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“Ask a Priest: Was My Dad’s Second Marriage Really OK With the Church?”
Q: Before he died a few years ago, my dad told me that when my mom was pregnant with my sister and had gone to Texas so that her mom could help with my brother and me, a friend of his set him up on a date. The woman that dad dated got pregnant, and they eloped to Arizona while he was still married to my mom. Many years later my mom and dad got divorced. His partner was Catholic. He took classes to become Catholic, and after my mom passed away he wanted a copy of her death certificate so that he and his partner could be married in the Church, even though he wasn’t a practicing Catholic and had been married to his partner at a justice of the peace. So my question is, would my dad and his second marriage still be good with the Church? I’m still having problems with this, and I’m still very angry with him. Thank you for any help that you can give me. – P.
Answered by Fr. Edward McIlmail, LC
A: I’m sorry to hear about your family situation and the death of your parents.
Your e-mail raises questions about the basic legality of that second, civil wedding. Those questions aside, there seem to be other key issues here.
First is your dad’s ability to marry in the Church. The short answer is yes. Once your mom died, he was released from his marriage vows to her.
Once the proper procedures were followed, and there were no other impediments found, your dad could have married in the Church. A decree of nullity (“annulment”) could have been granted for that justice-of-the-peace marriage, based on something known as lack of canonical form.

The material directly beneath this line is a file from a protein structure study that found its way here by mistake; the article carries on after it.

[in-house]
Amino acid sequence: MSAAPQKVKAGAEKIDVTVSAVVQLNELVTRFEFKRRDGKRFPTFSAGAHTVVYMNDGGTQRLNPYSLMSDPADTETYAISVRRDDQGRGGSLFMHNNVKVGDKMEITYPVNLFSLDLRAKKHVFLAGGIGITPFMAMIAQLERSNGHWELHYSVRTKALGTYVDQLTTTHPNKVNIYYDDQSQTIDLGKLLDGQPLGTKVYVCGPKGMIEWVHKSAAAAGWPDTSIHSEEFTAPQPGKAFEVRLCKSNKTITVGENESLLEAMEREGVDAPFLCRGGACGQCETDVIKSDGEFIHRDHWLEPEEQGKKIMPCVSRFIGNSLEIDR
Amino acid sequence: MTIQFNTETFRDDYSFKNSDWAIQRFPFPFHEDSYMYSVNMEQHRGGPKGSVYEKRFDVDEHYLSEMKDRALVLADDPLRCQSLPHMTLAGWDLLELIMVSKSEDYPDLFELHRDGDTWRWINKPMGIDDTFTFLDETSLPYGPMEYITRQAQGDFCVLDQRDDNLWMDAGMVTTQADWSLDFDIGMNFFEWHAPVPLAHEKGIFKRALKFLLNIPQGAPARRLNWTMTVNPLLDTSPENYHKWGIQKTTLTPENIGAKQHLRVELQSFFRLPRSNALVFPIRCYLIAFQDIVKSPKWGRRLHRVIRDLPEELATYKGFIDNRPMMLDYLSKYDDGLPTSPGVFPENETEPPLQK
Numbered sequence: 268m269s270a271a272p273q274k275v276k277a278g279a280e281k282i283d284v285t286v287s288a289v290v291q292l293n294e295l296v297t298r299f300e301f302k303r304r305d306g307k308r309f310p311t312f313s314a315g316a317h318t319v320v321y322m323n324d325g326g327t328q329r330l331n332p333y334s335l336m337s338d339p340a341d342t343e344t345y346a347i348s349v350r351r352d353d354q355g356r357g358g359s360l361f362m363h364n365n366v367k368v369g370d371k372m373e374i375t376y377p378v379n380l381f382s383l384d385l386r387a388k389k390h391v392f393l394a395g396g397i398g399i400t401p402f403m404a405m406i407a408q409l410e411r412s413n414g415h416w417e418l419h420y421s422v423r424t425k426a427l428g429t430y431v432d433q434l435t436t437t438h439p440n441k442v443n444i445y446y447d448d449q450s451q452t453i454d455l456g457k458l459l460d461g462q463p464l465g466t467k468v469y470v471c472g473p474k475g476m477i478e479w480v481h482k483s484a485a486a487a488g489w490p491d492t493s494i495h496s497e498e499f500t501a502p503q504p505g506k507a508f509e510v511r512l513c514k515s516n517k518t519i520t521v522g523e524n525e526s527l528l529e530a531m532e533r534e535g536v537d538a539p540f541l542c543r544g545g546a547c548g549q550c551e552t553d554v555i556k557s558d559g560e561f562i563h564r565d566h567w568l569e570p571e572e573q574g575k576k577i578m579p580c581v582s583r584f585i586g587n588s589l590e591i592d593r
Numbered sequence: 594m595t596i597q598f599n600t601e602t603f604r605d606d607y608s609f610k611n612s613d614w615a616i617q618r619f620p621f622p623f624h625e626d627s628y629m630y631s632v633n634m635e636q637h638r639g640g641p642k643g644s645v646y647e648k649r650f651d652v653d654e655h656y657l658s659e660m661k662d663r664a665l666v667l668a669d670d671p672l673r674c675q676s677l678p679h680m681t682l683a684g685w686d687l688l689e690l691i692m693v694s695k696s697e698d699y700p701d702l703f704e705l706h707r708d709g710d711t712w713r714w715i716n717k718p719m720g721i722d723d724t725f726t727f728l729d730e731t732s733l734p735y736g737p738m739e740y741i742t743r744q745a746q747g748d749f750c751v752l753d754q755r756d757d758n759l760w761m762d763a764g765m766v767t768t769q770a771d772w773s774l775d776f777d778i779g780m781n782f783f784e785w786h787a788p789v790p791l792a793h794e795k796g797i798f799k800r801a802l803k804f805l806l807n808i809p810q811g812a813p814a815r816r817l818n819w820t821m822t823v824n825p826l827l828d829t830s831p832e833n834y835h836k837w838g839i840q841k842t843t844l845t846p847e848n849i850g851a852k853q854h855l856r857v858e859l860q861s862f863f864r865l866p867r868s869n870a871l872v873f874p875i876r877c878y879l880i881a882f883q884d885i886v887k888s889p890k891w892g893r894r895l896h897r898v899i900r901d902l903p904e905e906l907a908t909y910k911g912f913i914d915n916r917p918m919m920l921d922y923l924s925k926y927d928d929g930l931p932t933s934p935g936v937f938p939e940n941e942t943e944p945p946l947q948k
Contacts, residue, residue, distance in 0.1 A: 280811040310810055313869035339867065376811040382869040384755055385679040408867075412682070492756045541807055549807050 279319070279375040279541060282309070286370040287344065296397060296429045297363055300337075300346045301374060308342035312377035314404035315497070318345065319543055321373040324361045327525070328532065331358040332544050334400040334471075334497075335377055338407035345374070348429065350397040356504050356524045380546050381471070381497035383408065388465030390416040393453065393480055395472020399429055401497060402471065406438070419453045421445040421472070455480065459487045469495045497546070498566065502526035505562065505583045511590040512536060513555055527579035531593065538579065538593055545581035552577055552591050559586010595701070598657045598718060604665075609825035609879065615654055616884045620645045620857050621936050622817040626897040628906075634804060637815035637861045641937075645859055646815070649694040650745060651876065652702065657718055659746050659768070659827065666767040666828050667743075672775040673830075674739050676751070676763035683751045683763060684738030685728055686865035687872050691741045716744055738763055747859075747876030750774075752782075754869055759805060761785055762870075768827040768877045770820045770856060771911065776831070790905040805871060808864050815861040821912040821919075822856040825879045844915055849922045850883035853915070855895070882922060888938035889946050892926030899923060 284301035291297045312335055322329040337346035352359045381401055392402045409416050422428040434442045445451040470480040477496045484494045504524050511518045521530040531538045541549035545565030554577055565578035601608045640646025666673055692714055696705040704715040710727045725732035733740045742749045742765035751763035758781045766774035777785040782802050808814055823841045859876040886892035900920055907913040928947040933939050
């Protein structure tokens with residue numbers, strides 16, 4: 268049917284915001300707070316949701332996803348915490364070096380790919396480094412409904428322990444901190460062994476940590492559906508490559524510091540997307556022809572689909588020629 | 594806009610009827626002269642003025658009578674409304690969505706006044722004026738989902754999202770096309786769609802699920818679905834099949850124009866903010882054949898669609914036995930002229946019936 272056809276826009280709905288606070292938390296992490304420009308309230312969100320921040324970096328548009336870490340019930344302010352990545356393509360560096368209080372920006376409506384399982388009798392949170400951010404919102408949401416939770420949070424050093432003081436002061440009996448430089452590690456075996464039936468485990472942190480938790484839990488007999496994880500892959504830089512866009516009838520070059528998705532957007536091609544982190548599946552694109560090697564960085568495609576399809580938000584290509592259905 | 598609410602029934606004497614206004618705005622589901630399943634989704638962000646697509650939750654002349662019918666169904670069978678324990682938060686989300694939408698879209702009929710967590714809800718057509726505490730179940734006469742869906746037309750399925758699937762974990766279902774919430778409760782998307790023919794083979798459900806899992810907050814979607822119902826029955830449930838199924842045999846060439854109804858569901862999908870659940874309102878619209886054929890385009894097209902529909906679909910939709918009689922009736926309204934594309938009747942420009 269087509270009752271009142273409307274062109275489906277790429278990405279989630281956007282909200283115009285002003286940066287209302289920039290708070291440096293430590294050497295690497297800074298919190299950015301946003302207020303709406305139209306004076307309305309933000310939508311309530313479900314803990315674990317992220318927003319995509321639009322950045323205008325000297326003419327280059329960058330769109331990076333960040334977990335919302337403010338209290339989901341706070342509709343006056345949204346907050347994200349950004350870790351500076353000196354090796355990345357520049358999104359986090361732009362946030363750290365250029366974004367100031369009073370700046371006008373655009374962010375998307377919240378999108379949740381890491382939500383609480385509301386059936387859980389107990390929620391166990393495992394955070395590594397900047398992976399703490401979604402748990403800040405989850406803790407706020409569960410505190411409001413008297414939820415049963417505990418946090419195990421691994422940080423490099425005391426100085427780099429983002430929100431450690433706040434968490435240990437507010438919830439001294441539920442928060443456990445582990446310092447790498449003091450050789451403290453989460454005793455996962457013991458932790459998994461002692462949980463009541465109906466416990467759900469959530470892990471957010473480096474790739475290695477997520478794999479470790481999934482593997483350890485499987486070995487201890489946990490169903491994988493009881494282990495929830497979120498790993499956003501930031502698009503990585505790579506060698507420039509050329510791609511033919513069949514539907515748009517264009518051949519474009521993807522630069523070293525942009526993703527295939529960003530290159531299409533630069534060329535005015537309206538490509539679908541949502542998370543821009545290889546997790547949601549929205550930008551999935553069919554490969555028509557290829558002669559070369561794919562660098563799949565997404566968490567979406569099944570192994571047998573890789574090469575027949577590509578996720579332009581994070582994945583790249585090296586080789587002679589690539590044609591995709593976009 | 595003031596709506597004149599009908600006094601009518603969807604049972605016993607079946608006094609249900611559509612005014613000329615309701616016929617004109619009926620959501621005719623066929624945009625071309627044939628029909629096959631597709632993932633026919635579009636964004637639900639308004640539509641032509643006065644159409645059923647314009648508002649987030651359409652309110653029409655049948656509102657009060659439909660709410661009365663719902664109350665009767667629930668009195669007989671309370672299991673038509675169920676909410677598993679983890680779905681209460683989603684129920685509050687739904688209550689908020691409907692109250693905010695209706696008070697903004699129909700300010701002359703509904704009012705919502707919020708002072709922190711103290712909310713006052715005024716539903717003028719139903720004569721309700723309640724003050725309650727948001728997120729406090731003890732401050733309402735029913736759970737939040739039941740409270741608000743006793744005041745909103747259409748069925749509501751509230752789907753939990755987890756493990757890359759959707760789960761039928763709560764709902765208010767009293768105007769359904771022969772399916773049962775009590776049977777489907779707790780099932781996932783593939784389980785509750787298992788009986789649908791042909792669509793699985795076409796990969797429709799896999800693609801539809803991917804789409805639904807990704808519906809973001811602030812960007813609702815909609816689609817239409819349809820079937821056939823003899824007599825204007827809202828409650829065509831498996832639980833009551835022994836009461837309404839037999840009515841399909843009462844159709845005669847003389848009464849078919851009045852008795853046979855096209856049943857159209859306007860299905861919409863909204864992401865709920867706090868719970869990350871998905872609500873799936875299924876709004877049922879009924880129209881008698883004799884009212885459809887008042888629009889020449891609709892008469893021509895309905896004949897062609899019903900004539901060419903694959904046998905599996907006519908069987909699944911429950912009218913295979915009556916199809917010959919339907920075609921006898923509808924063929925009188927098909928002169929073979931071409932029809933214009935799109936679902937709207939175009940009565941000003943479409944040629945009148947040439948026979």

Your dad wouldn’t have needed to become a Catholic in order to marry in the Church. A bishop can approve a marriage between a Catholic and a non-Catholic.
None of this, however, means that his adultery was somehow justified or glossed over by the Church.
Perhaps his second wife repented of the adultery committed with your dad. People who have made mistakes – even big mistakes – can have a change of heart and turn their lives around with the grace of God. The Church recognizes this. God’s mercy is generous.
This doesn’t mean that the Church was indifferent to the pain that your mom endured because of your dad’s infidelity and abandonment. It’s just that the Church knows that repentance is possible. In any case your dad would have had to repent for his sins if he wanted a chance at heaven.
A second issue is your ongoing anger at your dad. It is understandable that you feel this anger, given the impact of his infidelity on your mom and the family.
But this anger, left unchecked, can corrode your spirit and leave you drained. This won’t help you at all.
For your own sake, you need to forgive your dad and move on. Just as Jesus forgives our sins, he asks us to forgive those “who trespass against us.” Besides, your dad has died and already faced God’s judgment.
It’s good to remember that your own act of forgiveness would be an act of your will, not your feelings. The bad feelings you have might linger for a while, but they shouldn’t hold you back from forgiving. The only one who relishes your anger is the devil.
If it’s hard to make this act of forgiveness, you might want to ask the grace of God. Jesus wants you to be at peace – indeed, the act of forgiveness is more for your benefit than for your dad’s.
Sometimes the pain that people inflict on us is small compared to the pain we inflict on ourselves if we don’t let go of anger.
So ask Jesus for this grace of letting go. With divine help, all of your loved ones could be reunited someday in paradise – where every tear, every painful memory would be wiped away.
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